- Introduction to Digital Forensic Investigations
Core units in this year include:
- Cyberlaw: Governance And Human Rights
- Questioning Criminology
- Researching Criminology
Options to choose from in this year currently include:
- Community Justice
- Crimes of the Powerful
- Cultural Criminology
- Cybercrime Clinic
- Forensics Fundamentals *
- Forensics Investigations *
- Foundation of Economic Crime
- Fundamentals of Forensic Investigation
- Gang Crime
- Global Environmental Justice
- Global, State and Corporate Security
- Hate Crime
- Learning From Experience
- Modern Language (Institution-wide Language Programme)
- Online Activism, Cyberterrorism and Cyberwarfare
- Penology and Prison
- Policing and Society
- Principles of Economic Crime Investigation
- Psychology and Security
- The Dark Web: Threats, Freedoms and Responses
- Underworlds: Crime, Deviance and Punishment in Britain, 1500–1900
- Victims of Crime: Key Players in Criminal Justice
- Wildlife Crime: Threats and Response
- Youth Crime, Youth Justice
* only available if you have studied the L4 module above on cybersecurity and forensic computing
On this course, you can do an optional work placement year between your 2nd and 3rd years to get valuable experience working in industry.
We’ll help you secure a work placement that fits your situation and ambitions. You’ll get mentoring and support throughout the year.
Core units in this year include:
- Cybersecurity: Theory and Practice
- Dissertation / Major Project
Options to choose from in this year currently include:
- Contemporary Terrorism and the Global Response
- Crime and New Technologies: Theory and Practice
- Dangerous Offenders and Public Protection
- Economic Crime and Fraud Examination
- Forensic Psychology and Mental Health
- Forensic Psychology: Investigation
- Gender and Crime
- Green Crime and Environmental Justice
- Information Security Management
- Intelligence Analysis
- Introduction To Teaching
- Learning From Experience
- Miscarriages of Justice
- Money Laundering and Compliance
- Policing: Law, Policy and Practice
- Policing:Communities, Intelligence and Information
- Political Extremism
- Professional Development: Recruiters and Candidates
- Social Policy, Justice and Crime
- State Crime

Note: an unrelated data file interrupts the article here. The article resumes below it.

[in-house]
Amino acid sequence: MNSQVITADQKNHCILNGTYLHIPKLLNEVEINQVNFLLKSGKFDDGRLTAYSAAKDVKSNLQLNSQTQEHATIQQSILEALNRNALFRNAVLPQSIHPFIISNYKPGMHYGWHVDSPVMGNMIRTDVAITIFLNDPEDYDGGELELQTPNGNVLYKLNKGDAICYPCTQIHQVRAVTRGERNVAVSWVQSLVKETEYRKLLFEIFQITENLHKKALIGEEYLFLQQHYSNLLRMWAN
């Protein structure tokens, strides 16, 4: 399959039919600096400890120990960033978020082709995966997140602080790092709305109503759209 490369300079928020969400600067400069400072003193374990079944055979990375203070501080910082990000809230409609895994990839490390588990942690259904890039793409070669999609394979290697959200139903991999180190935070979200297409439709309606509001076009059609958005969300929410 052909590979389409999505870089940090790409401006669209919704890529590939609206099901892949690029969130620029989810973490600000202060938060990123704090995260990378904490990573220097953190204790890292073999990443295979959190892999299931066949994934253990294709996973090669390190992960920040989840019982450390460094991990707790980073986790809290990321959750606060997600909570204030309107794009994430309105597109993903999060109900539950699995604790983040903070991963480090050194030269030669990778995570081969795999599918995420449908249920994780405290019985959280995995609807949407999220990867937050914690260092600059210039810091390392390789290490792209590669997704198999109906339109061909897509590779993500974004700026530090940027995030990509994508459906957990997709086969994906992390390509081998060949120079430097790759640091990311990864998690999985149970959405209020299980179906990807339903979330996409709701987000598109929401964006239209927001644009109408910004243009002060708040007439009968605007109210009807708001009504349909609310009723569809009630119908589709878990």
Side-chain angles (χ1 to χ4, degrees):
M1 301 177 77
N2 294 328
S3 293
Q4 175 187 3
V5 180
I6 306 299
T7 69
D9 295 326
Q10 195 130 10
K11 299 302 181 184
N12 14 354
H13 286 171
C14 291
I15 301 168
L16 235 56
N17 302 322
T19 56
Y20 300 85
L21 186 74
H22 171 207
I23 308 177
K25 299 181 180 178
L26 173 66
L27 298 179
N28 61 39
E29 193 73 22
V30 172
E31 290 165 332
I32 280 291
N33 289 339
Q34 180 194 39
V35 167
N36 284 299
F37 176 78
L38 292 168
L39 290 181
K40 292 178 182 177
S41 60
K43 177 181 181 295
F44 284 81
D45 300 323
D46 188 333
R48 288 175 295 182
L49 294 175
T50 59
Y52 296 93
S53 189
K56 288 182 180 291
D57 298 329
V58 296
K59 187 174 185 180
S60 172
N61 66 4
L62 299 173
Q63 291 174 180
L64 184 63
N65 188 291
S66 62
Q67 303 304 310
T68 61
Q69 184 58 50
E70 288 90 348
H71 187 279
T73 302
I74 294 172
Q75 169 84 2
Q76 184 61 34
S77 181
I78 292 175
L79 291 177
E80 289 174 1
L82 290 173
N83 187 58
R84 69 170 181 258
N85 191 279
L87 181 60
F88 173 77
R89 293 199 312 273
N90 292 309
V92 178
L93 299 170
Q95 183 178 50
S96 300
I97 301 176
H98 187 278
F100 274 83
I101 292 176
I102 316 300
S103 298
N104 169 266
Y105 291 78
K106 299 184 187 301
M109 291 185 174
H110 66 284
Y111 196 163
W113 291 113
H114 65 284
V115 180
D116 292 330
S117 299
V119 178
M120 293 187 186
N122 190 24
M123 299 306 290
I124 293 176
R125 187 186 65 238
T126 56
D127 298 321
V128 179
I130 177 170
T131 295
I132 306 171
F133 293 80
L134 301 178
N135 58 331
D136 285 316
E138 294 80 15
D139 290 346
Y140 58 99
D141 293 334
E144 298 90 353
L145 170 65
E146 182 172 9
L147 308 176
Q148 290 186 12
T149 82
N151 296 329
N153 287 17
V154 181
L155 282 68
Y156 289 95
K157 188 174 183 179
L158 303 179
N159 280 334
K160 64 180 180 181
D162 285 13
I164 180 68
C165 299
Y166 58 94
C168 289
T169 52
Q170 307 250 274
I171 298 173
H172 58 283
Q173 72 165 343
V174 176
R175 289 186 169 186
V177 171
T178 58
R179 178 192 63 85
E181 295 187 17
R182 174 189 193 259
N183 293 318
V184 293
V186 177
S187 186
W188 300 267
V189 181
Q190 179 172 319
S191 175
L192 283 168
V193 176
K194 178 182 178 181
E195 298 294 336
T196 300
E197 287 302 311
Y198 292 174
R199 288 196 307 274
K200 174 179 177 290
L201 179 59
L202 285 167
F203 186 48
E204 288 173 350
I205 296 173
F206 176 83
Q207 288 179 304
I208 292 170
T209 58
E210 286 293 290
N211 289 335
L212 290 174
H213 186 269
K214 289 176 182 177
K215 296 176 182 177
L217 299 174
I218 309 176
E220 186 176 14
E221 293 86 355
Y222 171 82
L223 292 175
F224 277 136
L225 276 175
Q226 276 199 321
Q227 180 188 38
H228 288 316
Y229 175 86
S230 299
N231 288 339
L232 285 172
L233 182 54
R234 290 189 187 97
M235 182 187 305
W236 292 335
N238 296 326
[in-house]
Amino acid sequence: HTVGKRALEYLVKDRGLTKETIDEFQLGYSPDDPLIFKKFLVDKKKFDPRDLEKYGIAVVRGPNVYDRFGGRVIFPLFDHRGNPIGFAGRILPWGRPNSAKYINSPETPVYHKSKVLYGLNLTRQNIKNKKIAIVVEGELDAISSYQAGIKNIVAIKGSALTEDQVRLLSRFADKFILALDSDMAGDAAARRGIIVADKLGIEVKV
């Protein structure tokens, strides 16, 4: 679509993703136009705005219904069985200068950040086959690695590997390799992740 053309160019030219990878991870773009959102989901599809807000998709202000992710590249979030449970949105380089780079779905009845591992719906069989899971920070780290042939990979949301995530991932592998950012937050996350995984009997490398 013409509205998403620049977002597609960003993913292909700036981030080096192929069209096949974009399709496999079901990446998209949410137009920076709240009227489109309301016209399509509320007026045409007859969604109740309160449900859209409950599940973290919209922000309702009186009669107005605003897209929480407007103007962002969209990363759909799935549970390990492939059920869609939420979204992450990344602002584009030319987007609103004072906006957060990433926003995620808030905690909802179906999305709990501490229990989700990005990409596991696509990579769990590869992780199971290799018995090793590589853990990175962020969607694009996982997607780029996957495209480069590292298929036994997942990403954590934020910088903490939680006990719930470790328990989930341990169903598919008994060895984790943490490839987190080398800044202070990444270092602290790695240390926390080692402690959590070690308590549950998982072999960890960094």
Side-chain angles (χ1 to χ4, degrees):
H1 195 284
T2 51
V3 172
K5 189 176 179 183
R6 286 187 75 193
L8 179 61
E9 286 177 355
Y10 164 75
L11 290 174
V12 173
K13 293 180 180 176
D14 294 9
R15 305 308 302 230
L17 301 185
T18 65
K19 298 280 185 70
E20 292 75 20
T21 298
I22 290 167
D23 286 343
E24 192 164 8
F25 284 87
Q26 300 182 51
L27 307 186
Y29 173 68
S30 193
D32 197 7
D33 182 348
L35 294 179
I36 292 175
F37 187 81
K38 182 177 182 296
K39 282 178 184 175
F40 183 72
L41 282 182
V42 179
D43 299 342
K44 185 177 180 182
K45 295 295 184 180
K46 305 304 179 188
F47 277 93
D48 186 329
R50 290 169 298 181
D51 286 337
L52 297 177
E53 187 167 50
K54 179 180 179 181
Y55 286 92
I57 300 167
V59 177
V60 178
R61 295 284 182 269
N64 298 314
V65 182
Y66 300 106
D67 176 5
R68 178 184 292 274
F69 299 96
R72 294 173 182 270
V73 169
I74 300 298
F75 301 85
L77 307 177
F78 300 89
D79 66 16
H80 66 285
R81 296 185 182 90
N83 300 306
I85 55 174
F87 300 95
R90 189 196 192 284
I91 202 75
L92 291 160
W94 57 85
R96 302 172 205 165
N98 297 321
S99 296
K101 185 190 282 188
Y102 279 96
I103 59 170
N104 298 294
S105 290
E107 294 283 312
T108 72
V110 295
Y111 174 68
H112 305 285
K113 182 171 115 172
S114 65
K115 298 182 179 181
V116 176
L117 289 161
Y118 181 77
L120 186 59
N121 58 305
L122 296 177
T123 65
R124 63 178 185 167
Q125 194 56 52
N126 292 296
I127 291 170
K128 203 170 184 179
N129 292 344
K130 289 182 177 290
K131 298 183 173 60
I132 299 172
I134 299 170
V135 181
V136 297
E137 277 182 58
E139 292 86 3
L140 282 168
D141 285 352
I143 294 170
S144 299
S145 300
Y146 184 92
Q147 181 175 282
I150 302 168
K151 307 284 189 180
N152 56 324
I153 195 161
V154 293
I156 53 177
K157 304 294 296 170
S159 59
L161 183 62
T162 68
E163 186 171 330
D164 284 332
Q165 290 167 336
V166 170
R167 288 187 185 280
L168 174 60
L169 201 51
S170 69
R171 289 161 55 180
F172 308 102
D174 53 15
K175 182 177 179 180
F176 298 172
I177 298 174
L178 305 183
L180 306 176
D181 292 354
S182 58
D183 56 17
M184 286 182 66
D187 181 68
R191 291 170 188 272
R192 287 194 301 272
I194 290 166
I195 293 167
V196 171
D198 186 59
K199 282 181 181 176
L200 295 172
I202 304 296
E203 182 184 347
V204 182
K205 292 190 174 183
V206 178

- Treatment and Rehabilitation of Offenders
We use the best and most current research and professional practice alongside feedback from our students to make sure course content is relevant to your future career or further studies.
Therefore, some course content may change over time to reflect changes in the discipline or industry and some optional modules may not run every year. If a module doesn’t run, we’ll let you know as soon as possible and help you choose an alternative module.
How you're assessed
You’ll be assessed through:
- group projects
You’ll be able to test your skills and knowledge informally before you do assessments that count towards your final mark.
You can get feedback on all practice and formal assessments so you can improve in the future.
The way you’re assessed may depend on the modules you select. As a guide, students on this course last year were typically assessed as follows:
- Year 1 students: 18% by written exams, 7% by practical exams and 75% by coursework
- Year 2 students: 10% by practical exams and 90% by coursework
- Year 3 students: 8% by written exams, 13% by practical exams and 79% by coursework
Teaching methods on this course include:
- group discussions
- practical workshops
You can access all teaching resources on Moodle, our virtual learning environment, from anywhere with a Web connection.
For more about the teaching activities for specific modules, see the module list above.
How you'll spend your time
One of the main differences between school or college and university is how much control you have over your learning.
At university, as well as spending time in timetabled teaching activities such as lectures, seminars and tutorials, you’ll do lots of independent study with support from our staff when you need it.
A typical week
We recommend you spend at least 35 hours a week studying for your BSc Hons Criminology and Cybercrime degree. In your first year, you’ll be in timetabled teaching activities such as lectures, seminars and workshops for about 9 hours a week. The rest of the time you’ll do independent study such as research, reading, coursework and project work, alone or in a group with others from your course. You'll probably do more independent study and have less scheduled teaching in years 2 and 3, but this depends on which modules you choose.
The academic year runs from September to June. There are breaks at Christmas and Easter.
It's divided into 2 teaching blocks and 2 assessment periods:
- Teaching block 1 – early October to January
- Assessment period 1 – late January to early February
- Teaching block 2 – February to May
- Assessment period 2 – May to June
Extra learning support